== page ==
Whittling for a Cause

During one of my kayak outings last week, a juvenile beaver left the lodge, swam past me, and followed the shoreline for about 30 yards, before heading straight to the shore. I could not see what he was doing, or exactly where he went. After about 10-15 minutes, he returned to the lodge. This pattern continued several times, so I decided that I would follow him the next time he did this. Within a few minutes, here he comes, swimming past me and heading up the shoreline. So, I turned the kayak around and quietly paddled up to the area where I last saw him head towards the shore. After a couple of minutes, I found Junior, working away at felling a tree. As I watched, he would stand on his back legs and vigorously gnaw away at the tree trunk. Here are a couple of images I was able to make of the action. Note that there was no clear shot … I was forced to manually focus and shoot through the cover of some trees and shrubs that are beginning to leaf out:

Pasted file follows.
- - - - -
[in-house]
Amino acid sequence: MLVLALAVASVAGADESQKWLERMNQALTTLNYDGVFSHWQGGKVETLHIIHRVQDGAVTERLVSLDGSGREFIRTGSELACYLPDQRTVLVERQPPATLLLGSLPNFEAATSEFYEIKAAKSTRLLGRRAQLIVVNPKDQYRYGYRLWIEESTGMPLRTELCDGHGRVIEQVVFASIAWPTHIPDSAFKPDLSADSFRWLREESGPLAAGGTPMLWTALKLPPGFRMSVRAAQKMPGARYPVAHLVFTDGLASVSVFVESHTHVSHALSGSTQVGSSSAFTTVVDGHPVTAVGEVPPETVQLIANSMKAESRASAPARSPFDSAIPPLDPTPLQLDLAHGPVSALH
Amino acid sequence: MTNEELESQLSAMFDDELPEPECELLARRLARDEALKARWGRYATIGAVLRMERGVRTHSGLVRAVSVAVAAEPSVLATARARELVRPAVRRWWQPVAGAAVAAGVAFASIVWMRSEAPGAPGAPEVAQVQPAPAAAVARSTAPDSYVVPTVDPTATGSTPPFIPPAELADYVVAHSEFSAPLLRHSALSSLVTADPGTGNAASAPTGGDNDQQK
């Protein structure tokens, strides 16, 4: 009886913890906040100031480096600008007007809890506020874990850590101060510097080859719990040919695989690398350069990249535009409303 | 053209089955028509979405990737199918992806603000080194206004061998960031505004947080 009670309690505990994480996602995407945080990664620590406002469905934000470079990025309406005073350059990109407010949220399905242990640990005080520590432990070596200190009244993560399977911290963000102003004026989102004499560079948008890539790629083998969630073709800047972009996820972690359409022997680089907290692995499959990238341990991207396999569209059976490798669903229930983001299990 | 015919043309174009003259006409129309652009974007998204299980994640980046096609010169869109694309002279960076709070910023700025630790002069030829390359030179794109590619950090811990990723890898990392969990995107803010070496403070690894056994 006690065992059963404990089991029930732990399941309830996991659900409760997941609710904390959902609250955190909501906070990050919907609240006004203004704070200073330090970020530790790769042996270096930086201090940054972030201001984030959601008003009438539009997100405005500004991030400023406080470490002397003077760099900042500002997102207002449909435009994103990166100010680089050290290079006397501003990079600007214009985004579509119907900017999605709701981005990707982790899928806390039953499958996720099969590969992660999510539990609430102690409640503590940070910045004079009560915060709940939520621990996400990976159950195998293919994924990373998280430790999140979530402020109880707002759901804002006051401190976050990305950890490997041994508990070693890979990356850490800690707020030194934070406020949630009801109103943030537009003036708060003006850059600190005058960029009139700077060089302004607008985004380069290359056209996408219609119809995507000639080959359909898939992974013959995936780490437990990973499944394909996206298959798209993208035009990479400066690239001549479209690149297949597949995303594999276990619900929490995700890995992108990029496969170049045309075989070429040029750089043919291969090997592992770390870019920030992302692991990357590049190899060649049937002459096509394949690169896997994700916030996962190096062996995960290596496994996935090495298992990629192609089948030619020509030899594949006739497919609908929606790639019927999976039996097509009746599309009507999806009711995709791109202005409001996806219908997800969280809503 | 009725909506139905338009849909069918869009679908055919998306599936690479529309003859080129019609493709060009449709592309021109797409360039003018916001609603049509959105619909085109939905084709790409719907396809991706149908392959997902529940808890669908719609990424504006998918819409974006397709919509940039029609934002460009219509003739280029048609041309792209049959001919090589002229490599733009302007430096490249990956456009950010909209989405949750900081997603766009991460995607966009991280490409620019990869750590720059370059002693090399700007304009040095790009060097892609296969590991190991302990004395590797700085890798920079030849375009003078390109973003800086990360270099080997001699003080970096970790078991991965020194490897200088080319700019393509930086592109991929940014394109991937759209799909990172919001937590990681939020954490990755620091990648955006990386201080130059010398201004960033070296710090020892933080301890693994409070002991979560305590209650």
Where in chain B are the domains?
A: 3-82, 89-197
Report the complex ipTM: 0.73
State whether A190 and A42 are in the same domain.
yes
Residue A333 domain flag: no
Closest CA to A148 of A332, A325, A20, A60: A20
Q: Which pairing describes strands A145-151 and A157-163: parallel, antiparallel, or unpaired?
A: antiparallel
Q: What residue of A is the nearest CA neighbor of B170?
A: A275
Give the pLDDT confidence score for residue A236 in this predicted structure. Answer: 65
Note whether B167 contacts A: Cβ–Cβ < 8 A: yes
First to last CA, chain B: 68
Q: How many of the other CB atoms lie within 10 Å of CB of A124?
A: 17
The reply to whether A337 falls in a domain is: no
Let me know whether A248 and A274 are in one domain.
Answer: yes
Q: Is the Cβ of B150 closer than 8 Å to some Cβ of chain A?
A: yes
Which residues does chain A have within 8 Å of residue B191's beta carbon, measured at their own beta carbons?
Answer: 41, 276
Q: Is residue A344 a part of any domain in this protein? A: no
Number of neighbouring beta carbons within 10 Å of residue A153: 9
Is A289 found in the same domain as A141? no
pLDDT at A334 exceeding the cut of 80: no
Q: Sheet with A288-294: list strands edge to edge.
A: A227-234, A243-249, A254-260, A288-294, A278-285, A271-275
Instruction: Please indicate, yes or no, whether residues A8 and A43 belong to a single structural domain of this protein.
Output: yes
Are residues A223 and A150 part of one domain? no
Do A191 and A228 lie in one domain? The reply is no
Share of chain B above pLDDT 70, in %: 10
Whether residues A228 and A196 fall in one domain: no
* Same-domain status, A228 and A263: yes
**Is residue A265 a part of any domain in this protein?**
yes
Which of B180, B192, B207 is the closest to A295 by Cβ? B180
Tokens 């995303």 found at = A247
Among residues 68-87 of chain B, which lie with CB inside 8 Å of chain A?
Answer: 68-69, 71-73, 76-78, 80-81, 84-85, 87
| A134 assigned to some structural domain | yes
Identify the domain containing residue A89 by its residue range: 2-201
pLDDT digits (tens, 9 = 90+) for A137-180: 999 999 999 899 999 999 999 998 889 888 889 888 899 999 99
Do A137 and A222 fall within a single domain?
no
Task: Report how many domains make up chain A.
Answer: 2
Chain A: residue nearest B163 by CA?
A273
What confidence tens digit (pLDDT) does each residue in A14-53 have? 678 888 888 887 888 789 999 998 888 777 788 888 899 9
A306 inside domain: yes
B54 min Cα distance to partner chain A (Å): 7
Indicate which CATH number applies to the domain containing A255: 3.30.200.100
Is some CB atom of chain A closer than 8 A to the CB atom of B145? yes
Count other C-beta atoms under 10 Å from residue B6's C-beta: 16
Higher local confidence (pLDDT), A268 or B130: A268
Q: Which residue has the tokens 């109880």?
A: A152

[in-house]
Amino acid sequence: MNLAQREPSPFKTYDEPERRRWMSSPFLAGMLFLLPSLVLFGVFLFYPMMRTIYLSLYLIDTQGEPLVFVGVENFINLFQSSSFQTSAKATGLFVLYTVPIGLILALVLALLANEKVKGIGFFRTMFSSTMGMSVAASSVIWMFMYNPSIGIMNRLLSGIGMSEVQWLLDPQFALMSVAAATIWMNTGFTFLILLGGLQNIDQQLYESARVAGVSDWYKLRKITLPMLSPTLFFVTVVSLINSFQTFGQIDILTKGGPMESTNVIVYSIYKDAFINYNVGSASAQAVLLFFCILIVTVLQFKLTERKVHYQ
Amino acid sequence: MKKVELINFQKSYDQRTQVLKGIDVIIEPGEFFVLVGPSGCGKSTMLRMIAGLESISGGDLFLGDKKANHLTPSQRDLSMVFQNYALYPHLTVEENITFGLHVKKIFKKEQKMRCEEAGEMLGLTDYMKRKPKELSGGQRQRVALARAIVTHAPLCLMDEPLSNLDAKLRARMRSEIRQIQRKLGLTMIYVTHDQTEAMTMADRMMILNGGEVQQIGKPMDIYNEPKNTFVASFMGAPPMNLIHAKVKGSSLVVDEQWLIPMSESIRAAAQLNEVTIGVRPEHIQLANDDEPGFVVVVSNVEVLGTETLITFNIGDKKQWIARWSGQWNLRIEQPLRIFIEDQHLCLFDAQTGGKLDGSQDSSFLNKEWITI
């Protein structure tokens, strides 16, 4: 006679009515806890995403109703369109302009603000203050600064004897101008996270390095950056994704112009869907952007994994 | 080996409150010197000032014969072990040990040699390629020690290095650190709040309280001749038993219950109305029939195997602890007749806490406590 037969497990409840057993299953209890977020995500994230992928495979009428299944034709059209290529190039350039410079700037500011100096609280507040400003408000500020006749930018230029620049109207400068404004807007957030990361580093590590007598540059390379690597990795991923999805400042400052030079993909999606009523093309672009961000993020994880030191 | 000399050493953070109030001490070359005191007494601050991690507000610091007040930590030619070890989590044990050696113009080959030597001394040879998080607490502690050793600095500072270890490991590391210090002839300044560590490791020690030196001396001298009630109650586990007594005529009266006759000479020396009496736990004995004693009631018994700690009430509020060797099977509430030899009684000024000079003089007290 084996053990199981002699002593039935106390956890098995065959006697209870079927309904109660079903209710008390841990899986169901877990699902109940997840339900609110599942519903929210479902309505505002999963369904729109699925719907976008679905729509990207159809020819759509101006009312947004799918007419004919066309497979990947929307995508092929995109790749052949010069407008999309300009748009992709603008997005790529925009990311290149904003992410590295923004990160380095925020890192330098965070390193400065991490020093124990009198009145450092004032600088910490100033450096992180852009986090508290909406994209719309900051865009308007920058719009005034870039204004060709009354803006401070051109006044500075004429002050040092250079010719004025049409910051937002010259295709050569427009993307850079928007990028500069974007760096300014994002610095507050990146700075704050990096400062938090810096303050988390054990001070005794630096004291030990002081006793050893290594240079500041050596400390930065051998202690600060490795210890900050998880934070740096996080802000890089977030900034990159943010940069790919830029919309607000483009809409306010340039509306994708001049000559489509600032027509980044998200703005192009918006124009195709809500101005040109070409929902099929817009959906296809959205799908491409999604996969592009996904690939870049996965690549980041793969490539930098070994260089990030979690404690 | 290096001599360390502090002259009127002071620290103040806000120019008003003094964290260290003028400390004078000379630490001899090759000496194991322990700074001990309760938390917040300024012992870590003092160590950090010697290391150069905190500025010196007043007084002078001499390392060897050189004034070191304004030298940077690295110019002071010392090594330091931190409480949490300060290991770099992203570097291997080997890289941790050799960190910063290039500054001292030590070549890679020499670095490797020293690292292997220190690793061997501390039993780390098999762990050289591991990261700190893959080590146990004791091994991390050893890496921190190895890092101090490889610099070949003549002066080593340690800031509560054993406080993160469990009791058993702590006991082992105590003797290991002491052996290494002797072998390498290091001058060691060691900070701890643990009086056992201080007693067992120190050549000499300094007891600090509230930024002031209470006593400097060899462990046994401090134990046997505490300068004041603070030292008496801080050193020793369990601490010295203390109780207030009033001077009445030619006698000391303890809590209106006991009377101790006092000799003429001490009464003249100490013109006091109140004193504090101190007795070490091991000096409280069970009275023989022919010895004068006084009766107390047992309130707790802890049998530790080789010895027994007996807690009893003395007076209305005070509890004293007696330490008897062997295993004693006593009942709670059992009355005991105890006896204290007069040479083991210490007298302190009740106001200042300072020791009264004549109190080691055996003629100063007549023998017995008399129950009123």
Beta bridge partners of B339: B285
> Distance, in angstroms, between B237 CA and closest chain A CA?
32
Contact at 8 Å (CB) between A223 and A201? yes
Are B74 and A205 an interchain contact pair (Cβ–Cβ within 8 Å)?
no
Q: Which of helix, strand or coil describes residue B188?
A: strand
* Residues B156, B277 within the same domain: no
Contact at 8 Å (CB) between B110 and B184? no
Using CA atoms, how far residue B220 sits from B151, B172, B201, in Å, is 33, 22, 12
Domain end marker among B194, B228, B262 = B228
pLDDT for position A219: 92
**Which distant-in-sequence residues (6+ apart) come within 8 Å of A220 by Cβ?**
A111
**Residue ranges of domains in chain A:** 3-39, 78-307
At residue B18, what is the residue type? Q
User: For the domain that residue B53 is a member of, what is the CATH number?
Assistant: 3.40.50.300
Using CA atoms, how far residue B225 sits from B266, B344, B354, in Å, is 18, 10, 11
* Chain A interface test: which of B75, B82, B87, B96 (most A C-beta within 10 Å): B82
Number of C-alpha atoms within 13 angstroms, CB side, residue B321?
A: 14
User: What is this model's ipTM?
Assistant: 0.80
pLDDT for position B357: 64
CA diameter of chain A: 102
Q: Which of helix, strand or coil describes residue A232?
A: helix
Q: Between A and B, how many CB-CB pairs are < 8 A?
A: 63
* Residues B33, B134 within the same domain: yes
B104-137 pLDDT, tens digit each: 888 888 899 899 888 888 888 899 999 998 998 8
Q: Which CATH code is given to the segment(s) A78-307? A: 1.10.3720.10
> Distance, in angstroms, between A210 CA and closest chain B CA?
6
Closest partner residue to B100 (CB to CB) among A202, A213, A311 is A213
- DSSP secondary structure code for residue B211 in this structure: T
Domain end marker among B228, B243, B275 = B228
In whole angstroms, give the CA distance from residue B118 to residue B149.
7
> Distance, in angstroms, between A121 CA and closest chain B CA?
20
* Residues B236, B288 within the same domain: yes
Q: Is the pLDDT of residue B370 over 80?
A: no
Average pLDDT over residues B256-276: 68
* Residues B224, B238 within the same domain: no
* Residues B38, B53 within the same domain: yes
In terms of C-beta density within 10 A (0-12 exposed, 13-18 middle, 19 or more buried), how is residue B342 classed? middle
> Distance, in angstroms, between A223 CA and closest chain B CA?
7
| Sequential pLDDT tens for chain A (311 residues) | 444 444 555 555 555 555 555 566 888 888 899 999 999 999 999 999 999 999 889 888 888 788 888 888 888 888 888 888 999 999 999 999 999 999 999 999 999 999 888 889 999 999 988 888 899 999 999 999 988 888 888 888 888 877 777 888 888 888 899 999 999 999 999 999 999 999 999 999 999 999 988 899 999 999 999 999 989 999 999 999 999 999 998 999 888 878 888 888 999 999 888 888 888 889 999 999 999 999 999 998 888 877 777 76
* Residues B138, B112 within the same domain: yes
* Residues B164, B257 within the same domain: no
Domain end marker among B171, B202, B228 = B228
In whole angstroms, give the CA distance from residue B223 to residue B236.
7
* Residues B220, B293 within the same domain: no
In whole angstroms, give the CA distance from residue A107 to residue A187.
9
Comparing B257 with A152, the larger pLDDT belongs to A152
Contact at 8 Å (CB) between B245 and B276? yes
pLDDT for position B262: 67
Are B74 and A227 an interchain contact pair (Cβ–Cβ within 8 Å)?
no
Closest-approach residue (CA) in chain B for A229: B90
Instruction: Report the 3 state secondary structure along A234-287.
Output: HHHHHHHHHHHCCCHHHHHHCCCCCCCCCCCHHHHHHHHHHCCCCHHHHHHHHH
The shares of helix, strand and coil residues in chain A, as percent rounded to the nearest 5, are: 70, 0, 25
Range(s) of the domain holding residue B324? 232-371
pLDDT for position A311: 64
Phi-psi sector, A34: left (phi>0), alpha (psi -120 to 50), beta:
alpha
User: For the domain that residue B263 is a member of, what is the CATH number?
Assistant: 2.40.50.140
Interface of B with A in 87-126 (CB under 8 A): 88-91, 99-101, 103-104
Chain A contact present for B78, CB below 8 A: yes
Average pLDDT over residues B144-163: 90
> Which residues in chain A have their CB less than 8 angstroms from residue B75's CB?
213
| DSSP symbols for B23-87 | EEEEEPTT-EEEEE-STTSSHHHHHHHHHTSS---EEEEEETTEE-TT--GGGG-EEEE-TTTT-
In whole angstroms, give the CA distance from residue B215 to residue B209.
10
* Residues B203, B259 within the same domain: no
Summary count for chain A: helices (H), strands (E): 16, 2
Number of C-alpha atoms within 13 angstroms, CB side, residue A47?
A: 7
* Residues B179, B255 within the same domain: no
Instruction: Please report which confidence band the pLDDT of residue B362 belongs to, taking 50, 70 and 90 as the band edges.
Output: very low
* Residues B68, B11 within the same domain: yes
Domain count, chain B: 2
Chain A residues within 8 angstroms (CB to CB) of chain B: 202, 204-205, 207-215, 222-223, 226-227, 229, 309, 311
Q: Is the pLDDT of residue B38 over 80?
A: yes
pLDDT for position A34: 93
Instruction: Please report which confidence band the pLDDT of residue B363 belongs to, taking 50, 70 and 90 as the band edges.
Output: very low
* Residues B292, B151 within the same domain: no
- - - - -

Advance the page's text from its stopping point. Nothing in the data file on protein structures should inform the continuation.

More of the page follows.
Juvenile American Beaver gnaws a tree trunk

Juvenile American Beaver gnaws a tree trunk

 

Beavers’ teeth constantly grow at a rapid rate. Thus, they need to constantly gnaw at trees or limbs, in order to keep their teeth worn down to a manageable level. After Junior was done at the tree, he cut down a small sprout growing at the water’s edge and carried it back to the lodge:

Juvenile American Beaver carrying a tree sprout back to the lodge

 

After observing this behavior, I waited for the beaver activity around the lodge to subside, then grabbed the trail cam that I had mounted close to the lodge and moved it to another tree that was close to the one being felled by Junior. I’ll leave it there for a while and then pick it up to see what action I captured!

 

 

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Posted in 2013, Blog, Mammals, Nature Photography, Photography from a kayak
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  • I see why they are called “busy beavers”. I’ve never seen one in action before so it’s especially nice to view these wonderful photographs!

  • Thank you, Julie! They are a real hoot to watch! :o)

  • Pamela Ploof

    The ingenuity of these critters could put a lot of humans to shame ! Great photos of these engineers of the woodlands.

  • So true! They are always busy and so many times I see them on top of the lodge, tending to strengthening and repairing it … but I’ve never seen one blown down! Thanks for the comments, Pamela! :o)